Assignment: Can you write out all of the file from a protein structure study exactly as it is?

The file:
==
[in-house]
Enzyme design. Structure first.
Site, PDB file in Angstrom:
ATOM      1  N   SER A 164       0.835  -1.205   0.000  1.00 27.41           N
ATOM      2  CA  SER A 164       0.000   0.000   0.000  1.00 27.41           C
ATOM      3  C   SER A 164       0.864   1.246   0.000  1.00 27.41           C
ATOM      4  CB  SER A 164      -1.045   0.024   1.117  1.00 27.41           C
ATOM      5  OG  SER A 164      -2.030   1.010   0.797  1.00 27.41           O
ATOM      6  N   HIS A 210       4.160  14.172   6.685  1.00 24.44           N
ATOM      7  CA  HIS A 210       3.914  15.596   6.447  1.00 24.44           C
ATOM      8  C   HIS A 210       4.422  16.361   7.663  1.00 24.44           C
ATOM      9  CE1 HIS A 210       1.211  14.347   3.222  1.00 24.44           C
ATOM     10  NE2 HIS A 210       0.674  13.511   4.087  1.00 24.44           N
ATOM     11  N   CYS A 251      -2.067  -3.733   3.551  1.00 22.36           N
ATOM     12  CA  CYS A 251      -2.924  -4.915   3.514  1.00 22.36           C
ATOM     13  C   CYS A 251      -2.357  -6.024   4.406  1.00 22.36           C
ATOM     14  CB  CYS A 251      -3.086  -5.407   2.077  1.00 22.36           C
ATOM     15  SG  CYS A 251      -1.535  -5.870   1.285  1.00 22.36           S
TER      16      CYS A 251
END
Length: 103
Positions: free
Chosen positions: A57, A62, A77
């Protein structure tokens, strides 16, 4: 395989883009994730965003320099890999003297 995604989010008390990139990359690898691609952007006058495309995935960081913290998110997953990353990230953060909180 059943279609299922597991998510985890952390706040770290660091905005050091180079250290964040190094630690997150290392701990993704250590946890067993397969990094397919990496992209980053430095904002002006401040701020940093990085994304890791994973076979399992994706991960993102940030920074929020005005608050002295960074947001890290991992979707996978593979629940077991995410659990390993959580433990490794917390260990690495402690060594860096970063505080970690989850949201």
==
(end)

[in-house]
Enzyme design. Structure first.
Site, PDB file in Angstrom:
ATOM      1  N   SER A 164       0.835  -1.205   0.000  1.00 27.41           N
ATOM      2  CA  SER A 164       0.000   0.000   0.000  1.00 27.41           C
ATOM      3  C   SER A 164       0.864   1.246   0.000  1.00 27.41           C
ATOM      4  CB  SER A 164      -1.045   0.024   1.117  1.00 27.41           C
ATOM      5  OG  SER A 164      -2.030   1.010   0.797  1.00 27.41           O
ATOM      6  N   HIS A 210       4.160  14.172   6.685  1.00 24.44           N
ATOM      7  CA  HIS A 210       3.914  15.596   6.447  1.00 24.44           C
ATOM      8  C   HIS A 210       4.422  16.361   7.663  1.00 24.44           C
ATOM      9  CE1 HIS A 210       1.211  14.347   3.222  1.00 24.44           C
ATOM     10  NE2 HIS A 210       0.674  13.511   4.087  1.00 24.44           N
ATOM     11  N   CYS A 251      -2.067  -3.733   3.551  1.00 22.36           N
ATOM     12  CA  CYS A 251      -2.924  -4.915   3.514  1.00 22.36           C
ATOM     13  C   CYS A 251      -2.357  -6.024   4.406  1.00 22.36           C
ATOM     14  CB  CYS A 251      -3.086  -5.407   2.077  1.00 22.36           C
ATOM     15  SG  CYS A 251      -1.535  -5.870   1.285  1.00 22.36           S
TER      16      CYS A 251
END
Length: 103
Positions: free
Chosen positions: A57, A62, A77
């Protein structure tokens, strides 16, 4: 395989883009994730965003320099890999003297 995604989010008390990139990359690898691609952007006058495309995935960081913290998110997953990353990230953060909180 059943279609299922597991998510985890952390706040770290660091905005050091180079250290964040190094630690997150290392701990993704250590946890067993397969990094397919990496992209980053430095904002002006401040701020940093990085994304890791994973076979399992994706991960993102940030920074929020005005608050002295960074947001890290991992979707996978593979629940077991995410659990390993959580433990490794917390260990690495402690060594860096970063505080970690989850949201």